During a House Natural Resources Committee hearing in Washington, D.C., Baker testified that climate change is affecting industries that depend on winter weather for revenue, like skiing.
"Local businesses like Berkshire East have adapted to these challenges by diversifying their business to include non-winter activities, which now account for 60 percent of the mountain’s revenue," he said.
Baker also mentioned the cod and lobster fisheries are changing, as warming waters are causing fish to move north.
"It’s a very big problem and it’s one that you don’t have to project out," Baker said. "It’s already happening and it’s there and you can see it in the data and you can see it when you talk to any of the folks who are part of those fishing communities."
Baker said communities need more federal support to better-withstand the effects of climate change.
He used a Massachusetts program called Municipal Vulnerability Preparedness as an example.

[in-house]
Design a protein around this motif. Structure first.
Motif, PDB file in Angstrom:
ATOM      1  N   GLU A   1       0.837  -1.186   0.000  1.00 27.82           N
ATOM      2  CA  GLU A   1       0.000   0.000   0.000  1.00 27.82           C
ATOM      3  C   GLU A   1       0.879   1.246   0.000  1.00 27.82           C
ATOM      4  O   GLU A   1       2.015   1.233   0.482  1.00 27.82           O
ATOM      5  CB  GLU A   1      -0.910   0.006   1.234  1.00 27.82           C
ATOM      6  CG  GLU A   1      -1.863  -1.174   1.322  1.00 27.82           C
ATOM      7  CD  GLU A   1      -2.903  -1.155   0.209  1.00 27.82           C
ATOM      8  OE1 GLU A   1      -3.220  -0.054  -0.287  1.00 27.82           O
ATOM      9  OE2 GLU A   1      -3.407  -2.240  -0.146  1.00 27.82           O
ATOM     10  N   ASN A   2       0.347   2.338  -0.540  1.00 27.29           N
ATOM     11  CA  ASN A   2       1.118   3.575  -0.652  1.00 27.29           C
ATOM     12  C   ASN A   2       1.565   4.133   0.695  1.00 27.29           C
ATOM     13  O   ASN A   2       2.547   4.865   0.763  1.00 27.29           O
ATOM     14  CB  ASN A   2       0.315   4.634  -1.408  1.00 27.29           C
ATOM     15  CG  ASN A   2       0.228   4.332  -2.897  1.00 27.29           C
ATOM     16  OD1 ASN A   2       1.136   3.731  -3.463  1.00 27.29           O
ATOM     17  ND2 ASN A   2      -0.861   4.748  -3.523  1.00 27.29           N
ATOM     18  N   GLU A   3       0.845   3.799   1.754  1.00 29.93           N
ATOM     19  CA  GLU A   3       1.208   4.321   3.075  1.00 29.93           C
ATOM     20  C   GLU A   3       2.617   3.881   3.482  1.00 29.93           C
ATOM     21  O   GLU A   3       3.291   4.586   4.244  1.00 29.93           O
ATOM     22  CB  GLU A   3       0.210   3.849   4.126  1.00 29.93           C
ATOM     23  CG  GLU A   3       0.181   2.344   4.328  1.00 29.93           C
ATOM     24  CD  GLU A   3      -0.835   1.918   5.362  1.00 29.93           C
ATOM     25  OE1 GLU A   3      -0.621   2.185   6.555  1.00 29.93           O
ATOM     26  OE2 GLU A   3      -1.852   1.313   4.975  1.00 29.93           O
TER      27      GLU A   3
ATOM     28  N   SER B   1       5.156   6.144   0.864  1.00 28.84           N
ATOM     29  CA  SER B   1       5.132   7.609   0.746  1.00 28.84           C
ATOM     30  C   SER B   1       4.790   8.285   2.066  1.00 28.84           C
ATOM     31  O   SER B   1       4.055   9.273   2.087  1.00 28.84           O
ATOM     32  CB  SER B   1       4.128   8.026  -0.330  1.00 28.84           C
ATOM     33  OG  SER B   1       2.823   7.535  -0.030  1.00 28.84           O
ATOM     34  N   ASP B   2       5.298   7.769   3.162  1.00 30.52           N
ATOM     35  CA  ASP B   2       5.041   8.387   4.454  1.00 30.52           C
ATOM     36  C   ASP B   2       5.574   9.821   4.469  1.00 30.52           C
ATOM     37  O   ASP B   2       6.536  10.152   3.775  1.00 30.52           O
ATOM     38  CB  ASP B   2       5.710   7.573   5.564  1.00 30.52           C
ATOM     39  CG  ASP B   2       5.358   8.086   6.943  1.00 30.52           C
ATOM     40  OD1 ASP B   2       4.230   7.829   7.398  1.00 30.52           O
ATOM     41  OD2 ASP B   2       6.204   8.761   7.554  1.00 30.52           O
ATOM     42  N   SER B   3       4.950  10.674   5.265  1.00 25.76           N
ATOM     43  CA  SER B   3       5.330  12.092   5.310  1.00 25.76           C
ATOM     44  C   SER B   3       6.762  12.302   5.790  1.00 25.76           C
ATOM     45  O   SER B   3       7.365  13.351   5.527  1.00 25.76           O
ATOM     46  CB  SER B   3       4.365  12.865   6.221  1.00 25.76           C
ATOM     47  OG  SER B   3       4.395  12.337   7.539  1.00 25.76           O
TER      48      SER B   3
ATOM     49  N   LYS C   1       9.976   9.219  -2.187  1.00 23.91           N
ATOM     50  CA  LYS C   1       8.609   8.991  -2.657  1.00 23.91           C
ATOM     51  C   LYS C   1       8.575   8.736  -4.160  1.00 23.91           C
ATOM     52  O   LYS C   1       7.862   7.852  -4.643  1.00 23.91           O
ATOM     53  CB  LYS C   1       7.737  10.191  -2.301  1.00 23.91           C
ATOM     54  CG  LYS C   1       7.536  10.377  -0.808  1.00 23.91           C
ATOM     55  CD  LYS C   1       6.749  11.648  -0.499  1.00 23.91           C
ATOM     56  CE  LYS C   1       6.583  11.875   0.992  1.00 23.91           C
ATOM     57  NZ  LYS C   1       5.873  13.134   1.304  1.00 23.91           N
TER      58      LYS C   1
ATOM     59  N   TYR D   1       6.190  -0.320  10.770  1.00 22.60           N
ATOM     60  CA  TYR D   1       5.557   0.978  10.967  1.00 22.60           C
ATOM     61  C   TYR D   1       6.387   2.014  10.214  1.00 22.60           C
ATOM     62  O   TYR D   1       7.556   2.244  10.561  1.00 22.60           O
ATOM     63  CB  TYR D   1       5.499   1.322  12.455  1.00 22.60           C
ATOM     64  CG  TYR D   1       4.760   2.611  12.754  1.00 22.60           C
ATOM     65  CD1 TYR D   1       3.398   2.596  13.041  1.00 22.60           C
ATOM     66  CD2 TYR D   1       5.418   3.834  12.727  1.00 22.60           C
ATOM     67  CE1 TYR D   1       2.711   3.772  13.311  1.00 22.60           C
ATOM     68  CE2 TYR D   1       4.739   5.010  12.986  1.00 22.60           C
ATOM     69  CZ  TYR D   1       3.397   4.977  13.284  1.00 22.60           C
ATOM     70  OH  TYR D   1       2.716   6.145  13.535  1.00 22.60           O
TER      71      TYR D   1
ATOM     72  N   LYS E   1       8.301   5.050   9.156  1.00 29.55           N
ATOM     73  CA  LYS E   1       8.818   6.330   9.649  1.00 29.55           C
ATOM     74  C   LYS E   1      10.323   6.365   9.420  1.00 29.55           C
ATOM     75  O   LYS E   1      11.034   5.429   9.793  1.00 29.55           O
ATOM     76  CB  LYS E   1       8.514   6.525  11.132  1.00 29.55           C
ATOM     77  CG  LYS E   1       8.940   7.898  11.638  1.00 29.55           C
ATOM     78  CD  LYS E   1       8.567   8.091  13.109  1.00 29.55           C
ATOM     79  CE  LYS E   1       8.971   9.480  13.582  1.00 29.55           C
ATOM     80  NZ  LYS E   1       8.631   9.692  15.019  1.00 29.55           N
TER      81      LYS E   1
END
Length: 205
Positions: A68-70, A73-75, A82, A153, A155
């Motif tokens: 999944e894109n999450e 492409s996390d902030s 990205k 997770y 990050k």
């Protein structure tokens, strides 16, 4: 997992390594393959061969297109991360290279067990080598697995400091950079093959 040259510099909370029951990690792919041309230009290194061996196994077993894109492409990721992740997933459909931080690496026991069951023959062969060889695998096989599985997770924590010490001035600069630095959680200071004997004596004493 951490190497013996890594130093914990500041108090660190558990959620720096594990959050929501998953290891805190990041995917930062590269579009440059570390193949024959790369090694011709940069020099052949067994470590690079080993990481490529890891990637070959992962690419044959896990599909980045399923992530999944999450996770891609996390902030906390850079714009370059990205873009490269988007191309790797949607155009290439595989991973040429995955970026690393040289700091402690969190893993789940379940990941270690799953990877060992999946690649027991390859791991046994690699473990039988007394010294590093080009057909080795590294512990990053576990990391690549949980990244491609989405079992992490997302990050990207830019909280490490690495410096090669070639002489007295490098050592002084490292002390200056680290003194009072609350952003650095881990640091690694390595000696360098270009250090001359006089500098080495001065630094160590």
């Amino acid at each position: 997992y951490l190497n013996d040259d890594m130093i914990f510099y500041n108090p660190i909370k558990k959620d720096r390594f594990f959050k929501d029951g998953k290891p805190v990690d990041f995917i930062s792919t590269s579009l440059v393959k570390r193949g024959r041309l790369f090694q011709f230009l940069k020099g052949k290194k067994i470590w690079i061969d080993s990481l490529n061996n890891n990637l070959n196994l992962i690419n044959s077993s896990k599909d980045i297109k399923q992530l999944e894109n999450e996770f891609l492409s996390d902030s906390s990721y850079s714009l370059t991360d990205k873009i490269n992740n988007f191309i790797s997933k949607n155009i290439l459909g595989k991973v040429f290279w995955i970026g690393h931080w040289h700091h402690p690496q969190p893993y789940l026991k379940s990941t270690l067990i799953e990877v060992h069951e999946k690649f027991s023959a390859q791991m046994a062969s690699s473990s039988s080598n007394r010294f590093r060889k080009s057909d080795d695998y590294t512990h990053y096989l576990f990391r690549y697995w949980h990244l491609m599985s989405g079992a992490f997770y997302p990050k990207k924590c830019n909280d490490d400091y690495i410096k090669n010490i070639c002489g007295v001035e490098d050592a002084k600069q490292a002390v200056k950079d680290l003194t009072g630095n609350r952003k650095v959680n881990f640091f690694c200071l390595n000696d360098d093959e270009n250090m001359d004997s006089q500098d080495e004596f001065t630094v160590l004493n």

"Many federal initiatives are only available after a disaster occurs," Baker said. "Incentives similar to our MVP program would help communities address resiliency issues before the next disaster."
Bakers added the government should follow Massachusetts' lead and set federal greenhouse gas emission reduction targets.
"In our state’s experience, setting an aggressive target for reducing greenhouse gas emissions provides the foundation for clean energy policy, sends a clear message to industry and enables long-range planning," he said.
He also pushed for more investment in climate change research, expanding programs to modernize infrastructure, and for lawmakers to consider the risks of climate change when planning future spending.